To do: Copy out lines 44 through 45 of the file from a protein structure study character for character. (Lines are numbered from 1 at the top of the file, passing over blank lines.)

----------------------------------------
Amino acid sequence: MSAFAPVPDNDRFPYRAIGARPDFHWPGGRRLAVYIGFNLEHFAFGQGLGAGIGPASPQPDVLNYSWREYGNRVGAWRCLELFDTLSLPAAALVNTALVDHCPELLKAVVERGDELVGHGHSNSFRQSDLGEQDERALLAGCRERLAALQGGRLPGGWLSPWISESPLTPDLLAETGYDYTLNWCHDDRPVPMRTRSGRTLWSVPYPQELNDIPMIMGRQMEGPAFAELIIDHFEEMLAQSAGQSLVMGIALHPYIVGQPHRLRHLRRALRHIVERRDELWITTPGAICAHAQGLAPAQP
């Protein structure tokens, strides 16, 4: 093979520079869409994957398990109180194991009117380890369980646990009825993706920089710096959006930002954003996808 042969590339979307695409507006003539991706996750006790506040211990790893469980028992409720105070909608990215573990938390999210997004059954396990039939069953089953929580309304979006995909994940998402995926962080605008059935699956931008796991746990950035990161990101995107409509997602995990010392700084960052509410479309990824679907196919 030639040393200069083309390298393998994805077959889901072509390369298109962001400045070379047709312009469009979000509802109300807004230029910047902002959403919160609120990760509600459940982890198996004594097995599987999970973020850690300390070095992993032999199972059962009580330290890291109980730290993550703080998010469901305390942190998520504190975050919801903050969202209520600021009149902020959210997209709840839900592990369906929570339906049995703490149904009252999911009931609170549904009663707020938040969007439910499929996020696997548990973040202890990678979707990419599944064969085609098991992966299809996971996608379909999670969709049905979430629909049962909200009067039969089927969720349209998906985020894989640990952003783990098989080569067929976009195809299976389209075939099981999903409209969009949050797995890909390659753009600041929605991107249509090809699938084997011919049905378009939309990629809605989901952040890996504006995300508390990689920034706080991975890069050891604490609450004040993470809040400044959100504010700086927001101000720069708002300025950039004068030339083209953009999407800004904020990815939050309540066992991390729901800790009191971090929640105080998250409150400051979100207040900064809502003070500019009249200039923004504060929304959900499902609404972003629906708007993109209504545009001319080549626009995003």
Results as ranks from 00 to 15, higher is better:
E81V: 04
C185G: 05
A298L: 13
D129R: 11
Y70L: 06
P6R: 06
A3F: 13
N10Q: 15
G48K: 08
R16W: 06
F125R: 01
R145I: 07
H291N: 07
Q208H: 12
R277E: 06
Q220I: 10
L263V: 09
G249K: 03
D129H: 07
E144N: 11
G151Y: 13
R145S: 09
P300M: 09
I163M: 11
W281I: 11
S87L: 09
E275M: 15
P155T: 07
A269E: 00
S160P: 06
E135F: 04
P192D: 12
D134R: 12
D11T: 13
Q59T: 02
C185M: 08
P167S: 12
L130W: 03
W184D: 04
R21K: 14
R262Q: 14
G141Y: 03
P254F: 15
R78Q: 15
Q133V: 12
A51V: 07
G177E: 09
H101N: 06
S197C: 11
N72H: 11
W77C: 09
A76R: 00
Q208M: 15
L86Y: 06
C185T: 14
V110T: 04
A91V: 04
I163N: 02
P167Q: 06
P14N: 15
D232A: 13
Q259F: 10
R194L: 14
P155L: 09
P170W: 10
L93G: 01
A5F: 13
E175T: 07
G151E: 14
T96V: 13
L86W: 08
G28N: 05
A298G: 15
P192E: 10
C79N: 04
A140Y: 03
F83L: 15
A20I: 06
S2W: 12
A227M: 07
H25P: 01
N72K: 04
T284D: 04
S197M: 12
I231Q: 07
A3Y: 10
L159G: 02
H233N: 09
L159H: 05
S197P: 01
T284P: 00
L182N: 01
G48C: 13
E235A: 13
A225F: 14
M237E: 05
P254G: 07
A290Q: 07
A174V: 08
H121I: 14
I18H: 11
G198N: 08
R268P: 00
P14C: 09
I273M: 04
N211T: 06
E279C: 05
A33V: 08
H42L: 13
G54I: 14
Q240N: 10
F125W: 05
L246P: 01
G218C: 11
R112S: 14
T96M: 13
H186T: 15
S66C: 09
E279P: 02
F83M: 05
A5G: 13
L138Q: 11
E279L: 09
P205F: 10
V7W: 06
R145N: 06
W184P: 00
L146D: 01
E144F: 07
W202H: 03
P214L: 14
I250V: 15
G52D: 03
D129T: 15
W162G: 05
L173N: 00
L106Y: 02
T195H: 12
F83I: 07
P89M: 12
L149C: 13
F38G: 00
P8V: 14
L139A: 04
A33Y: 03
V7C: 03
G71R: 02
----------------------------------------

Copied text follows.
R262Q: 14
G141Y: 03